Kingman Airport Authority, City Council meet at first workshop

Bob Riley (left), Director, Economic Development for Kingman Airport Authority and workshop facilitator, Bill Pupo, discuss a point at Thursday’s meeting.

Photo by Hayden Merrill.

Bob Riley (left), Director, Economic Development for Kingman Airport Authority and workshop facilitator, Bill Pupo, discuss a point at Thursday’s meeting.

photo

Councilman Travis Ligenfelter and KAA Chairwoman Krystal Burge speak with members of the audience.

KINGMAN – The first of four scheduled workshops between the Kingman Airport Authority and the City of Kingman Common Council took place yesterday afternoon.

The workshops have been scheduled so the City of Kingman can understand how the KAA is managing its two most valuable assets, the Kingman Airport and Industrial Park.

Bill Pupo, facilitator for the workshops, said that the workshops were intended to allow the city to “understand what is going on at the airport, and the plans for the future.” This is in response to public outcry of late regarding the condition in which the airport and Industrial Park are being kept, as well as searching for an understanding as to the financial situation of the KAA.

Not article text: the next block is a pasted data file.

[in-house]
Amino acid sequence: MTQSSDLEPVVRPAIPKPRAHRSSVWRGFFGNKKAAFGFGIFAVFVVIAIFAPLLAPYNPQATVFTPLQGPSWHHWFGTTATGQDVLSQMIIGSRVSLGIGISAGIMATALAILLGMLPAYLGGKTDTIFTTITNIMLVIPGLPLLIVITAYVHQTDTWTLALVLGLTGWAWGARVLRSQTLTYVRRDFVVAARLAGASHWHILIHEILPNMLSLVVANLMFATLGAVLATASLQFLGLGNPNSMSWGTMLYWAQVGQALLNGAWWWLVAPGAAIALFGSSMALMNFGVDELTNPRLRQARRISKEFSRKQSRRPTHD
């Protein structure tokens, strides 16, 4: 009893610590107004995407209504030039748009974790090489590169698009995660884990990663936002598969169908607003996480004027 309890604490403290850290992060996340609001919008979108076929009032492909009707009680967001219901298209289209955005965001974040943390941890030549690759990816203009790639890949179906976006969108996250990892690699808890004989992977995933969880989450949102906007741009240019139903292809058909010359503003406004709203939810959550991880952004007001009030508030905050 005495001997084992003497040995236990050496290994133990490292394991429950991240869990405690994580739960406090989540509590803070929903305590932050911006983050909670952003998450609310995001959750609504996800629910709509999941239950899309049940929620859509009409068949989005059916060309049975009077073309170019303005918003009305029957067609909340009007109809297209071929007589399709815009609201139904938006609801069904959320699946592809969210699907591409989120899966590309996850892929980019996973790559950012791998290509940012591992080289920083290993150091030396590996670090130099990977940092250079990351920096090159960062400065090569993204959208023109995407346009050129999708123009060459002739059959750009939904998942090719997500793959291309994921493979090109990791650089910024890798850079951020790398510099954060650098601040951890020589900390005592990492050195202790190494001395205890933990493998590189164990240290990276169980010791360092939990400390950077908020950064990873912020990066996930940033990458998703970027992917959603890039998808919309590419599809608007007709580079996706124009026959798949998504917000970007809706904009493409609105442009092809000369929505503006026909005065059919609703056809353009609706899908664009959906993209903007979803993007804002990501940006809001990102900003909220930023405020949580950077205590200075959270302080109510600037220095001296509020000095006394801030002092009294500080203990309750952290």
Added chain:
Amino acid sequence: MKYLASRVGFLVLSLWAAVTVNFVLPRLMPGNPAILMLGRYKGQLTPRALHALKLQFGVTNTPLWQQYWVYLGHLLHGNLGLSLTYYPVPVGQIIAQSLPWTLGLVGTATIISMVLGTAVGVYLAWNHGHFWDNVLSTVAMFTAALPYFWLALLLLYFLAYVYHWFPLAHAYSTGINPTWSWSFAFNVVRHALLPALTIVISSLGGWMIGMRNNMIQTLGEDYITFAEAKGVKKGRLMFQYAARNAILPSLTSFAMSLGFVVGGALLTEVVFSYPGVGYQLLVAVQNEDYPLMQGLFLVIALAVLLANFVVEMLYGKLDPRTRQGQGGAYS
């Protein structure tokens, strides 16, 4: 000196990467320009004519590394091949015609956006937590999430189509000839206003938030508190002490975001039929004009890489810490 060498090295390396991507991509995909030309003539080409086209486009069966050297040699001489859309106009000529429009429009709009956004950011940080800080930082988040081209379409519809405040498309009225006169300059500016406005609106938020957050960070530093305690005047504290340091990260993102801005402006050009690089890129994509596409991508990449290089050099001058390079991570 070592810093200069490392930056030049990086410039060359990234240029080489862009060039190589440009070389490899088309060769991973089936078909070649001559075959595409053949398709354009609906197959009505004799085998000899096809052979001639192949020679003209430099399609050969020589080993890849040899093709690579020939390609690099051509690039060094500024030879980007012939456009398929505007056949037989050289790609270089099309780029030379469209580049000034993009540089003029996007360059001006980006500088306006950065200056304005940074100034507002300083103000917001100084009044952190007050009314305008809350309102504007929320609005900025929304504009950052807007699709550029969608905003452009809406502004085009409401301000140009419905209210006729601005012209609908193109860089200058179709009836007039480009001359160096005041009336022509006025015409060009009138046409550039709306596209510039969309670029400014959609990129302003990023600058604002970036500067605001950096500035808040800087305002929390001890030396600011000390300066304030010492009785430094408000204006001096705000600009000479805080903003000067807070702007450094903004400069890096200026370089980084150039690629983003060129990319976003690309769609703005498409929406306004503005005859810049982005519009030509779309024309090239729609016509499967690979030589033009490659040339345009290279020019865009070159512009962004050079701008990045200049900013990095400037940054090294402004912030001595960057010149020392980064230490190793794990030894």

The workshop brought together members of the City Council, including Mayor Monica Gates and Vice Mayor Jen Miles, and members of the KAA board and administration. The workshop included presentations made on the history of the KAA, the KAA master plan, and the annual budget.

The liveliest part of the workshop came when it was time to discuss the possibility of a forensic audit of the KAA.

Each year, the KAA has a general audit performed for the city’s benefit, with each of those reports given over freely to the city. The 2016 audit was performed by Steve Palmer of Hinton Burdick.

“The financial statements of the airport authority are correct,” Palmer said.

However, the council still wished to discuss whether a forensic audit, which would allow for more specific auditing and would be needed in addition to the general audit.

KAA was in agreement that all of their records are and will be open to the city when the documents are requested. However, Palmer mentioned that a forensic audit can be “very expensive.” While no decision can be made due to the preliminary nature of the workshop, there was debate as to whether or not a forensic audit was even needed.